So give your kids some images. Don’t tell them what or where or when. Let them source them as best they can. Maybe use a variation of the Visual DEI activity to start. Then turn them loose online. It’s a great way to encourage and practice historical thinking skills.
But the so what for me is less about using Google image search and more about the Then and Now opportunities available here.
You may have already seen Then and Now images. There are tons of them online. Katrina here andhere. D-Day. Black History. Flickr has some collections. And if your head’s not already spinning on the writing prompt possibilities, take a few minutes.
- Why so much change over time?
- Why so little change?
- What happened in between when the images were taken?
- Who are the people in the image? What happened to them? What do they look like now? What are they doing now? How has time changed them? Their attitudes?
- What will this place look like 20 / 50 / 100 years from now?
- Why was / is this building / place / event important?
- Should the building / place / event be preserved / remembered?
You can – should – have kids create their own Then and Now images. Using something like Keynote or Powerpoint makes the process pretty simple. I went to Google Maps. Punched in the address for Basilique Notre-Dame de l’Épine. Opened Street View. Took a screenshot. Inserted the screenshot into Keynote. Inserted Erin’s old image.
Basilique Notre-Dame de l’Épine Then and Now.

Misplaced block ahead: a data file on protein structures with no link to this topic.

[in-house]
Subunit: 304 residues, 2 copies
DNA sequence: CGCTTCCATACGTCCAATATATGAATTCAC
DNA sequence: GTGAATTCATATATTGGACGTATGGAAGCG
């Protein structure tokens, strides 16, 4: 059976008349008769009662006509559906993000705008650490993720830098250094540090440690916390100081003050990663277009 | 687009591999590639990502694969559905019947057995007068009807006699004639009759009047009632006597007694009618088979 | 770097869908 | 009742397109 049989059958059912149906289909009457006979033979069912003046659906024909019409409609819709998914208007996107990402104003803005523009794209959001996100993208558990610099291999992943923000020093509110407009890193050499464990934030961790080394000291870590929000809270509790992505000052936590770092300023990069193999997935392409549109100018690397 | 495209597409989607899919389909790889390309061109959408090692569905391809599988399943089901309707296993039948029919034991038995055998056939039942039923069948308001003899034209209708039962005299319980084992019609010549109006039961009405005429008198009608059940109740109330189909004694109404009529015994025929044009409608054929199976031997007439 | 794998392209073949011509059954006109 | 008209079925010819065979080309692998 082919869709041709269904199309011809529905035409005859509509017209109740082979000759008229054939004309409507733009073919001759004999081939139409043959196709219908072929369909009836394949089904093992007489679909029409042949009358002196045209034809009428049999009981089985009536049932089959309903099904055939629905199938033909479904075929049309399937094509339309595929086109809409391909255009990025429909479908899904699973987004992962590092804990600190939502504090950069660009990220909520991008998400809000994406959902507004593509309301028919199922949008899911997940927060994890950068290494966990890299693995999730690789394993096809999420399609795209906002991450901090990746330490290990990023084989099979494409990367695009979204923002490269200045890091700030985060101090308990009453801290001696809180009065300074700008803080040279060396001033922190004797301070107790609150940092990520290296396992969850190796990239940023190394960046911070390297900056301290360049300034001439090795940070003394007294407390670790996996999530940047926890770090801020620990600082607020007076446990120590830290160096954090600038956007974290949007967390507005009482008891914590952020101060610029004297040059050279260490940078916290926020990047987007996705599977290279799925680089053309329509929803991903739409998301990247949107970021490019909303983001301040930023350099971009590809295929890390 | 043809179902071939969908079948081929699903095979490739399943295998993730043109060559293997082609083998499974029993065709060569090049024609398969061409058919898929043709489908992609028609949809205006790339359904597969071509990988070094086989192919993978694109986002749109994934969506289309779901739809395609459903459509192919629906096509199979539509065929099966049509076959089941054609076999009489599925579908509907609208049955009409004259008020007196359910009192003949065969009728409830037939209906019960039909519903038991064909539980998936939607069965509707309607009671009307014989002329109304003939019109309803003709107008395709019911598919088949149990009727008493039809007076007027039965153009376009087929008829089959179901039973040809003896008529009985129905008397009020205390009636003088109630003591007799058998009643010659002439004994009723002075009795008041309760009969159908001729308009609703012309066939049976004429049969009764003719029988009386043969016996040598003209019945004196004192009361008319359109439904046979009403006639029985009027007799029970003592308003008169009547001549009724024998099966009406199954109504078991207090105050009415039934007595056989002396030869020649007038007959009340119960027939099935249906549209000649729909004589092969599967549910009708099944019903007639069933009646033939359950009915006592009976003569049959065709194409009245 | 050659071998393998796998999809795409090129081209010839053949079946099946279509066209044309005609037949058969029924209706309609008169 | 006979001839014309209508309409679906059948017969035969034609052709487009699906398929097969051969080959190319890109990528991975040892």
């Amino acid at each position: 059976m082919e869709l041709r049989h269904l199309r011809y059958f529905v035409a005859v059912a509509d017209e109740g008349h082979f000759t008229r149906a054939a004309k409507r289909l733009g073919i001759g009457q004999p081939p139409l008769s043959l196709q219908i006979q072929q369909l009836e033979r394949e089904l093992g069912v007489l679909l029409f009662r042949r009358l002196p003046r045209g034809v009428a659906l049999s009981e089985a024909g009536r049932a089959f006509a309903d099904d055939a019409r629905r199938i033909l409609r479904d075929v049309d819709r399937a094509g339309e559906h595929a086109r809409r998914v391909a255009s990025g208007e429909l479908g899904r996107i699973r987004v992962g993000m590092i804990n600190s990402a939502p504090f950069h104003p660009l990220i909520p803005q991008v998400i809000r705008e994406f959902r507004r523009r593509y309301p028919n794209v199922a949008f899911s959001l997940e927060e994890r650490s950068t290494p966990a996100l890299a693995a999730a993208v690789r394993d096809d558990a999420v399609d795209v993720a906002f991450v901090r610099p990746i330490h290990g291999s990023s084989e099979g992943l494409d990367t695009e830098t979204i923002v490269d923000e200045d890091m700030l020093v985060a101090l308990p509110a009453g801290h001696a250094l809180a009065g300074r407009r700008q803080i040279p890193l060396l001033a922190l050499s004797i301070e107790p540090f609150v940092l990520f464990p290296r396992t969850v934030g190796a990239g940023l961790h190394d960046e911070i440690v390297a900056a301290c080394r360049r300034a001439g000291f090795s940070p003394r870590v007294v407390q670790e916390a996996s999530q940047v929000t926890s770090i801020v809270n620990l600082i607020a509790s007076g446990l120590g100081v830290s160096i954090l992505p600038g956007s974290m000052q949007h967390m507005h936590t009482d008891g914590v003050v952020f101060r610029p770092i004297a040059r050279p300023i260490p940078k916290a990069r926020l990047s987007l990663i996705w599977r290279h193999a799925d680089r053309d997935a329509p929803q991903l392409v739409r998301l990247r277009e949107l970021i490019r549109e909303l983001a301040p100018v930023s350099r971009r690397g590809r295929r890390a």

Keynote even has a slider that lets you adjust the transparency of the older image, giving kids the chance to really see similarities and differences.
My C4 Framework, Common Core Literacy skills, and the NCSS national standards encourage kids to do more than just write. Kids need to create and share beyond just your classroom. The cool thing?
There are free tools ready to help you and your kids do that.
The best is a site called HistoryPin. The site enables your kids to overlay – pin – historic images, videos, and audio recordings onto current images. It runs on Google maps and encourages you to add your own memories and accounts to the pinned records, highlighting the personal and historical connection to changing landscapes. Making HistoryPin a perfect place for kids to publish their primary source images, research, and writing.
They have some great How-To guides that you and your students can use to get started. Get a sense of what it can look like with my Basilique Notre-Dame de l’Épine HistoryPin. (If nothing else, use the Map andCollections at HistoryPin to find Then and Now images ready for immediate use.)
WhatWasThere is another web-based tool that lets you and your kids view and create Then and Now images. It works in a very similar way as HistoryPin. One big difference is that while HistoryPin discontinued its mobile apps to focus on its web presence, WhatWasThere does have an iOS version.
If you’re looking for another mobile option, you might try a tool called Timera.
Timera is an app and online community for making Then and Now photos from a library of historical photographs. You can add to the library by uploading historical photos or use previously uploaded photos for your creations. The app features a variety of photo editing tools to easily create Then and Now composites using photos from your mobile device. Timera is available for both iOS and Android.
Whether you use Google Images, Keynote, PowerPoint, HistoryPin, or Timera, Then and Now images are simple but powerful tools for engaging kids and supporting historical thinking skills. We’d love to hear how yours turn out.